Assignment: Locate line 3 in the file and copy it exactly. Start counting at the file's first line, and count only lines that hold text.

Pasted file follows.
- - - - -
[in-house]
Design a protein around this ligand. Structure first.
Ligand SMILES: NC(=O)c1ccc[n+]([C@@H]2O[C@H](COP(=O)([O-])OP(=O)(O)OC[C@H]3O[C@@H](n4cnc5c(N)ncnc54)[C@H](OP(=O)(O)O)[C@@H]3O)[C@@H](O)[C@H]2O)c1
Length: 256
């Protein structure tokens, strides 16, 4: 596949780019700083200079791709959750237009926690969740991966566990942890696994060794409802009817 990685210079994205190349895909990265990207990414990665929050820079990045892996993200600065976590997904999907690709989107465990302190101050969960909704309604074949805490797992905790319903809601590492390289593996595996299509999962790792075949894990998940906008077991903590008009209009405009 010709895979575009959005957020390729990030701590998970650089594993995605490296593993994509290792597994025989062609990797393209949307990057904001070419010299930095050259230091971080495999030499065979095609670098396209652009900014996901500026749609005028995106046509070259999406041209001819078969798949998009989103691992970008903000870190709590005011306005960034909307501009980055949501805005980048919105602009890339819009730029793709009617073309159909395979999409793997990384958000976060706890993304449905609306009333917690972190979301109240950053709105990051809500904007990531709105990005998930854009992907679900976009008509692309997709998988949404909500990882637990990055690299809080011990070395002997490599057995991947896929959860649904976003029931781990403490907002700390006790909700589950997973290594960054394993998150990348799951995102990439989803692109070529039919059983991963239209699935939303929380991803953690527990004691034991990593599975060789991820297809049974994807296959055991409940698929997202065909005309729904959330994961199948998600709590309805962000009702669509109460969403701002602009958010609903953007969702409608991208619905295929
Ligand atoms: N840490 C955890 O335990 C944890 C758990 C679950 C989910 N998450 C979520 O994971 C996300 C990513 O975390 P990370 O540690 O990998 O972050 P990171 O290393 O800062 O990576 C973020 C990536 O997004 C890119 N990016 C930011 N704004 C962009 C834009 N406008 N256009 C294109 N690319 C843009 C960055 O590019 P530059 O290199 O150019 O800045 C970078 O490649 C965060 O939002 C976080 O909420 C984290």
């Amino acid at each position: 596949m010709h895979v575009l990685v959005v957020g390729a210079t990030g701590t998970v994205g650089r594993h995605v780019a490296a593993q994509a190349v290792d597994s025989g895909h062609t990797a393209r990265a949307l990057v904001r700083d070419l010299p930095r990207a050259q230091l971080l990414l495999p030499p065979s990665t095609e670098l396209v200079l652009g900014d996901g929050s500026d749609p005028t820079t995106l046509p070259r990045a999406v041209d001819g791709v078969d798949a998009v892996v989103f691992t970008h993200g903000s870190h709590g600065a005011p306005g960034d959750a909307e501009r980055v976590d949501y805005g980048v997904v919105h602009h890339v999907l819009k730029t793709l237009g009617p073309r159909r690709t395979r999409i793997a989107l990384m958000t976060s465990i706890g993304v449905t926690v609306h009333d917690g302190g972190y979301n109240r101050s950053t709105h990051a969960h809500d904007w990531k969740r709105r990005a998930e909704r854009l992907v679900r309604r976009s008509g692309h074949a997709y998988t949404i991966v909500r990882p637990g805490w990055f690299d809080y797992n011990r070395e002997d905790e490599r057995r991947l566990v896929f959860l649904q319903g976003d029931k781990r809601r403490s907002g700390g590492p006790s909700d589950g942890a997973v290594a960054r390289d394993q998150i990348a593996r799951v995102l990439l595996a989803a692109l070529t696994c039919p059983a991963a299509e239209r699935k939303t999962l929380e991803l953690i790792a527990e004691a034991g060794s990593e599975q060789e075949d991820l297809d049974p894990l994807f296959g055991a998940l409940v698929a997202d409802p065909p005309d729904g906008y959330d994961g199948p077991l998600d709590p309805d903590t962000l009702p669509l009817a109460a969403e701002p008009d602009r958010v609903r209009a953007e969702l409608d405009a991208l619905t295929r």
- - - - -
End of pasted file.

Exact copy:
Ligand SMILES: NC(=O)c1ccc[n+]([C@@H]2O[C@H](COP(=O)([O-])OP(=O)(O)OC[C@H]3O[C@@H](n4cnc5c(N)ncnc54)[C@H](OP(=O)(O)O)[C@@H]3O)[C@@H](O)[C@H]2O)c1